Give the scan a name that will help identify it later (perhaps the domain being scanned, or type of scan being conducted, combined with the date to make it unique). You can choose to either run the scan immediately or schedule it to run at a later time. This is helpful if you want to conduct a scan at night or on the weekend to ensure it doesn't impact productivity.
There is a drop-down list to select which policy to use for the scan. Any policies created or imported will appear here along with the default policies installed with Nessus. You can designate target systems to scan by IP address, IP range or host name. You can also import a list of scan targets from a file.
Once the selections are made, click the Launch Scan button at the bottom right.
Once a scan is launched, it will appear on the list under the Reports tab. While it is running, the status is listed as Running. Once the scan is done, the status will change to Completed, and you can double-click the scan name to open the report and review the findings.
The report will show at a glance each scanned host, along with the total number of issues detected, a breakdown of High, Medium and Low priority issues, and the number of open ports detected. You can click on the different elements, such as the number of Medium priority issues, to drill down for more details.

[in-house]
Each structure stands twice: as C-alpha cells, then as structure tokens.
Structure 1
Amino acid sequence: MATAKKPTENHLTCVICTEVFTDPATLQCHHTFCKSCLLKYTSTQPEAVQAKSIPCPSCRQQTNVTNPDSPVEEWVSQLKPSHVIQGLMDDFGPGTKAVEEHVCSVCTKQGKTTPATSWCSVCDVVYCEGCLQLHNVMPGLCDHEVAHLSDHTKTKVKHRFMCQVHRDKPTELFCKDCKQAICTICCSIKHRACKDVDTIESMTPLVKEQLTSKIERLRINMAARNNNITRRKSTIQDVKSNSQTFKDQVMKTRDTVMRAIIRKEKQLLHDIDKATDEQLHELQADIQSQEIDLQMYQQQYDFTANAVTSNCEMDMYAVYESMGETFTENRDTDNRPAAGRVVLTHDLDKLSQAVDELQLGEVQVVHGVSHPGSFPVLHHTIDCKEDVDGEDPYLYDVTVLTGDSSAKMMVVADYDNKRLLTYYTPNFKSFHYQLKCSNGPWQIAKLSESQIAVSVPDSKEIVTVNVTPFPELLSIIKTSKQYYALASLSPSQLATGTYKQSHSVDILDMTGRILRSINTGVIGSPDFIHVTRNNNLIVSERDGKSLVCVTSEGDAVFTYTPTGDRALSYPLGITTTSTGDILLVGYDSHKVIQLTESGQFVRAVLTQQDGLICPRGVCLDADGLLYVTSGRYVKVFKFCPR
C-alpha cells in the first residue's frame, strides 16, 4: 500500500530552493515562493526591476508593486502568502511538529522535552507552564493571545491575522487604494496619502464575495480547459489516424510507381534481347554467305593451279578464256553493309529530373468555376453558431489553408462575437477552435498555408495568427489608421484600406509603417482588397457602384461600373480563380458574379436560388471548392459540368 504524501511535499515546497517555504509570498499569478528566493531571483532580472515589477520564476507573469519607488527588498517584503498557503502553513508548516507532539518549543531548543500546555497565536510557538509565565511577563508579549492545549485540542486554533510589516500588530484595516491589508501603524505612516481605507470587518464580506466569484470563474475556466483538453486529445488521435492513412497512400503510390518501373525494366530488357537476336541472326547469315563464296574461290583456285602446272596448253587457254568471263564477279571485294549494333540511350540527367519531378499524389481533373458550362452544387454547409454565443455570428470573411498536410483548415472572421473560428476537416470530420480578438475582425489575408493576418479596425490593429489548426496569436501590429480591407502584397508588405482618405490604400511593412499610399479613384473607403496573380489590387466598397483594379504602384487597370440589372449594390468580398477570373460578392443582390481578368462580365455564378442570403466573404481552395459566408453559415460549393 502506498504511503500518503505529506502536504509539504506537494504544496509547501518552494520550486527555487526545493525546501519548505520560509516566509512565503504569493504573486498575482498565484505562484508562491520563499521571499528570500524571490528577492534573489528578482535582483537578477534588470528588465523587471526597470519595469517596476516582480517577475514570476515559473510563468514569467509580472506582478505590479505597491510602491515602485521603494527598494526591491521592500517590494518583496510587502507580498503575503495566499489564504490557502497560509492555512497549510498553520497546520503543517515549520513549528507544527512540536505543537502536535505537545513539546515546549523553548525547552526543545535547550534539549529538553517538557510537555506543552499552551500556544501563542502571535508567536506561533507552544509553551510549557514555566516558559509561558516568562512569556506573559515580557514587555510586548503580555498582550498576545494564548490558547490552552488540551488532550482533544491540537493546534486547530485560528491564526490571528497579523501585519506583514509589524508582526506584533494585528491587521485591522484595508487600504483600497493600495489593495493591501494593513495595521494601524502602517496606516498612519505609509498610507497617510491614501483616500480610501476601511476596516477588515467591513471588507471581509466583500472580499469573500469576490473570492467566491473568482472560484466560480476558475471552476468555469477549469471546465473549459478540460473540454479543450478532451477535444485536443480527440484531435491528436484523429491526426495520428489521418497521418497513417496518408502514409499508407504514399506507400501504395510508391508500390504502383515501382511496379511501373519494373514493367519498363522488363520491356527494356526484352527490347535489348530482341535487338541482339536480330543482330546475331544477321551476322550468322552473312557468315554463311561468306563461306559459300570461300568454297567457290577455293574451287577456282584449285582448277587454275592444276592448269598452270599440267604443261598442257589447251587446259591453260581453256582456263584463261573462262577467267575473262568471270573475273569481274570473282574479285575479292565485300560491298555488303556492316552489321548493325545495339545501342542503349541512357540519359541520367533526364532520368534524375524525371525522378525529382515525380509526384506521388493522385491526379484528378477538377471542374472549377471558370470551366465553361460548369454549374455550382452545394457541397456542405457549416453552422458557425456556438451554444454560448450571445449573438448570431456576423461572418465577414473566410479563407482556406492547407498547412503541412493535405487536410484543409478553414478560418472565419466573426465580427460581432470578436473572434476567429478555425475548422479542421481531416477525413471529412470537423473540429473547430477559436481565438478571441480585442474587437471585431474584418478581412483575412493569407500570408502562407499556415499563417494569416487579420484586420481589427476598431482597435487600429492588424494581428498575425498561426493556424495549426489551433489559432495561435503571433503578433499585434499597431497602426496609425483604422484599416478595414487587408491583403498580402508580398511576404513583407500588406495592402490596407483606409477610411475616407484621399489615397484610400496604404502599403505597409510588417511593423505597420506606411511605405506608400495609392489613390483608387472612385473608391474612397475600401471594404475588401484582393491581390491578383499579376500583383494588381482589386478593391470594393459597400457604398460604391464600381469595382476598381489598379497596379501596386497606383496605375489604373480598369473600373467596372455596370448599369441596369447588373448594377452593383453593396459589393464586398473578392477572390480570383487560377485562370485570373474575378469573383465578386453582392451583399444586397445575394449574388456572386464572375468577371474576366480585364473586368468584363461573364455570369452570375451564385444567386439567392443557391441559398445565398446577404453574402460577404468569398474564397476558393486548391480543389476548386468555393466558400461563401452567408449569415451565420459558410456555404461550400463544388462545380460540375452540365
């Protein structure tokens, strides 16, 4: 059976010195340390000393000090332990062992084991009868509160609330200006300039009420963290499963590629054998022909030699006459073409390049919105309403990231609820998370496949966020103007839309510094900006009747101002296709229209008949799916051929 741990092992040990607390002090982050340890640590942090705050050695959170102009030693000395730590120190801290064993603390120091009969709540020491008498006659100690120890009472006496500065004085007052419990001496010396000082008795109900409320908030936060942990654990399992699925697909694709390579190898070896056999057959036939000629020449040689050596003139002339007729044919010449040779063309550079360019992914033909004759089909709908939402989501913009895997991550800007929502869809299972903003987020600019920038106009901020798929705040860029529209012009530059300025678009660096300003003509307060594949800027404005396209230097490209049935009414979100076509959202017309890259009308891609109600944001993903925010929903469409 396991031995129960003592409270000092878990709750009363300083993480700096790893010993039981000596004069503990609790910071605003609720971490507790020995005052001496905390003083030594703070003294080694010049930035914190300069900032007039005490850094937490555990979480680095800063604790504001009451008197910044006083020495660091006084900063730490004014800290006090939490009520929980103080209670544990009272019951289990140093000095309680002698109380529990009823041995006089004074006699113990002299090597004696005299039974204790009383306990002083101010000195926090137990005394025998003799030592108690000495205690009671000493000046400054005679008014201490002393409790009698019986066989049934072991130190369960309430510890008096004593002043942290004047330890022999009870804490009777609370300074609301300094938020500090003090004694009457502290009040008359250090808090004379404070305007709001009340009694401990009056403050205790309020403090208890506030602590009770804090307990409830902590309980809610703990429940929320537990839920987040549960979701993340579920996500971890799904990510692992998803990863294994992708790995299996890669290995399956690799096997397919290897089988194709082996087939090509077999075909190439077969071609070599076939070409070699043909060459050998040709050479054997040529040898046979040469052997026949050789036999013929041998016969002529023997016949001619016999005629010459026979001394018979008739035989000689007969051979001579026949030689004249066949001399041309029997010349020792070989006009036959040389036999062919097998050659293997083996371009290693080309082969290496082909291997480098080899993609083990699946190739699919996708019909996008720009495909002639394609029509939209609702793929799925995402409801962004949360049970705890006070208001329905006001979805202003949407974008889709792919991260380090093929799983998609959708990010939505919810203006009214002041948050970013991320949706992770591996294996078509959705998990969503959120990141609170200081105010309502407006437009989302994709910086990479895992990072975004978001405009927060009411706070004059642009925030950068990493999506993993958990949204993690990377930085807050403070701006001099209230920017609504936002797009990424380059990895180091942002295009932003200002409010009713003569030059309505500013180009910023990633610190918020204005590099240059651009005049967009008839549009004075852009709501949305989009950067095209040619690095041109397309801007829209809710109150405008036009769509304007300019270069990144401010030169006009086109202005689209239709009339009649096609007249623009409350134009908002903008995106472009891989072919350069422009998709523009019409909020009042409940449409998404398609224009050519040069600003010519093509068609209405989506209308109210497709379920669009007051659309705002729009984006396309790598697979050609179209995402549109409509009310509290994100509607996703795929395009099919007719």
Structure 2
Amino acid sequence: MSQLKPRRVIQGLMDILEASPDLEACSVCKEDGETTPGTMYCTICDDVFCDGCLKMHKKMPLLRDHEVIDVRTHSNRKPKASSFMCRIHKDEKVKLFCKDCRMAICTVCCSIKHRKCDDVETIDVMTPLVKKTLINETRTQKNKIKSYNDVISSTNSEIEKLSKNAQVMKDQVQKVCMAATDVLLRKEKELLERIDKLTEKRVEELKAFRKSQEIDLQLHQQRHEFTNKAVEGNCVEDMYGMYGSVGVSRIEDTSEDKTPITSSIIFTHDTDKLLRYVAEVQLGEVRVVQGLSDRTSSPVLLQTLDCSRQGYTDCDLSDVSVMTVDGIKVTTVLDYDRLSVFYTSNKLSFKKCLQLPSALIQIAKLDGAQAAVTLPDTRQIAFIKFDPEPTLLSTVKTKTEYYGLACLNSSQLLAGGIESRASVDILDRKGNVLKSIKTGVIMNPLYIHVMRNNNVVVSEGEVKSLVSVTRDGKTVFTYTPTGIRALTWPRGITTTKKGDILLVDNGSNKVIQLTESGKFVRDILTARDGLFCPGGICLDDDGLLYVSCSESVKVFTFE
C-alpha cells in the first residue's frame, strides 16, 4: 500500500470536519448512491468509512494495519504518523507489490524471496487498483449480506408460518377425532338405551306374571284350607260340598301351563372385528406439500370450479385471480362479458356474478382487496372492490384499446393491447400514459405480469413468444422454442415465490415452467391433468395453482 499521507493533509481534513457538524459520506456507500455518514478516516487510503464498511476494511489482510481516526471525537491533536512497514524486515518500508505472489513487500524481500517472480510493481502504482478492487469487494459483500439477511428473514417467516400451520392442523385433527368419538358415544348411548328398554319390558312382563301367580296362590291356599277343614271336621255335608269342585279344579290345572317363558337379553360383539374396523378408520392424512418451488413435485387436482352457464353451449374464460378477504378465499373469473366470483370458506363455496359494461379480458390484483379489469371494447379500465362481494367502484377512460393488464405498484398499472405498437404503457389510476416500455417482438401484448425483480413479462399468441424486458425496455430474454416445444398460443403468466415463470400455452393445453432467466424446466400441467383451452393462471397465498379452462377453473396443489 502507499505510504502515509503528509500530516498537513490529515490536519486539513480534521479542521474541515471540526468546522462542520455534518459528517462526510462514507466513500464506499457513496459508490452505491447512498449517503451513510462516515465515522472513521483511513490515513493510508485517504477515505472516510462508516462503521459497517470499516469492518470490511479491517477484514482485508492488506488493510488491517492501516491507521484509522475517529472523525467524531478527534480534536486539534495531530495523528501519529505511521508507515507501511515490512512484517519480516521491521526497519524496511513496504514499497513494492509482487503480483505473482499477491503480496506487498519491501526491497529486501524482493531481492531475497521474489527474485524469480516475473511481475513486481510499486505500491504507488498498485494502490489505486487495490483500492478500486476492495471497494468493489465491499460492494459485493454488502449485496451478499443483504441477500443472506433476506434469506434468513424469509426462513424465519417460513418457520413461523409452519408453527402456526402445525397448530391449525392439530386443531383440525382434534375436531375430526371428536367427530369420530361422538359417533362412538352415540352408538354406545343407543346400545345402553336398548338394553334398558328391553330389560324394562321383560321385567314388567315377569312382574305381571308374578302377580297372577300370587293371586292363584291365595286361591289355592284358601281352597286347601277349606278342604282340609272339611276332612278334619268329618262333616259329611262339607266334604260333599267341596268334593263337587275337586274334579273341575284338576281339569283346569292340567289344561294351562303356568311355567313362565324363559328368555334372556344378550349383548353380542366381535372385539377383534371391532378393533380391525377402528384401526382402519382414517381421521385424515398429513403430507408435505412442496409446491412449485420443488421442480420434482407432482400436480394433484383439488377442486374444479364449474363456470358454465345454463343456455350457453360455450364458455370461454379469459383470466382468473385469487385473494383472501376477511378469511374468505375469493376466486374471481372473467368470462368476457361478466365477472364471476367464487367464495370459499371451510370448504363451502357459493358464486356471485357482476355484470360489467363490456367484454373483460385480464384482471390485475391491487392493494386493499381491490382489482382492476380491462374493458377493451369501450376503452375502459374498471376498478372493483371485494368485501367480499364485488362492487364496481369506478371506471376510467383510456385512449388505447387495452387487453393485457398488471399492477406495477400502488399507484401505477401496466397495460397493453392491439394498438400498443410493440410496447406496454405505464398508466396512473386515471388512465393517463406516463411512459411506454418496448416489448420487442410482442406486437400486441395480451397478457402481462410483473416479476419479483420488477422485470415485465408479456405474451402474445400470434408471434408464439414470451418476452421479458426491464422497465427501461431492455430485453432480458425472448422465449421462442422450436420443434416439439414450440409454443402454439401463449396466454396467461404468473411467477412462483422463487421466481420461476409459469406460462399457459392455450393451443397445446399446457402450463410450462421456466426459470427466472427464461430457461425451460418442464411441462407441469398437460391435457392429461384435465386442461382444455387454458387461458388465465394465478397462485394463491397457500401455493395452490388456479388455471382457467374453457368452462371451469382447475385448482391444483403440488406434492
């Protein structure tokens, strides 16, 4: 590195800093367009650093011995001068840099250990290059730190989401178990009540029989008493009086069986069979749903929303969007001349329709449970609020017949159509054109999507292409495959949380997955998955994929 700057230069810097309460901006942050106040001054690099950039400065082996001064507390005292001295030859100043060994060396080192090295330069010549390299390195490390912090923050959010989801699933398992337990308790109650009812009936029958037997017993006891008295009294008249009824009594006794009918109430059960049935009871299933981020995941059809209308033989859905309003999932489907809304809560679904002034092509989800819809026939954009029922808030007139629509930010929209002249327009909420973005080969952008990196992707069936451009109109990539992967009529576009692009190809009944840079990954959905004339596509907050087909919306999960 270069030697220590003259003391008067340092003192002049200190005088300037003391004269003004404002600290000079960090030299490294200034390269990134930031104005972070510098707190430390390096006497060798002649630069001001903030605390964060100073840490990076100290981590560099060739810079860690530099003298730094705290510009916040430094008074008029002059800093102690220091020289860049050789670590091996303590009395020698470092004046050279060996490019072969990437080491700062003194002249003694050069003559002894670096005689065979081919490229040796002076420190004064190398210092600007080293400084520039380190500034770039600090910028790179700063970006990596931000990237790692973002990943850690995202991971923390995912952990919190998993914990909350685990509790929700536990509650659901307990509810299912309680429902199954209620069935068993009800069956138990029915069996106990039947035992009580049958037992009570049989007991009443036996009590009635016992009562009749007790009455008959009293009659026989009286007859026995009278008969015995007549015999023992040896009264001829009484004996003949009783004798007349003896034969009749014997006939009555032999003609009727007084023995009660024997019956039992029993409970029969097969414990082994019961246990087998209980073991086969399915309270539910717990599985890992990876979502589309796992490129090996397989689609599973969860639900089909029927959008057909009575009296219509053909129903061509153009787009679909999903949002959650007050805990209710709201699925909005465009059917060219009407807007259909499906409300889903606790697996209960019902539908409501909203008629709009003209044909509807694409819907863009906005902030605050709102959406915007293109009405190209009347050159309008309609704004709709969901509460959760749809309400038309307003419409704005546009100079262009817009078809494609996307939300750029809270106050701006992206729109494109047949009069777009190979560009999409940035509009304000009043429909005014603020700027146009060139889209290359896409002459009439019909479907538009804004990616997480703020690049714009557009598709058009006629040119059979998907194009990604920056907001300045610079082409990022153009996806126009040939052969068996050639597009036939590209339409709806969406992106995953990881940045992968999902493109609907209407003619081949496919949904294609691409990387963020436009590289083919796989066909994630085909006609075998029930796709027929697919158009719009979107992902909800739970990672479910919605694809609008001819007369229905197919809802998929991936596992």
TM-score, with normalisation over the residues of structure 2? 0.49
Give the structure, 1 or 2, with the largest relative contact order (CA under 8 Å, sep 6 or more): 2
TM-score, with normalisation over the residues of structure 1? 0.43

Figure 2: Click on elements of the report to drill down and review details.
Drilling down eventually leads to a detailed description of the issue, as well as a suggested solution to resolve the problem.
Nessus is a powerful tool for staying one step ahead of attackers. With the variety of plug-ins available, Nessus can also be used for quick self-audits against security standards and compliance mandates, such as Microsoft baseline recommendations, PCI-DSS and more.
The Nessus Scanner software itself can be downloaded for free. However, in order for the software to be of any use, you need the Nessus plug-ins, and that requires a subscription to the Nessus Professional Feed , which costs about $1,200 per year.
The cloud-based Nessus Perimeter Service is separate from the basic Nessus Scanner, and costs about $3,600 per year.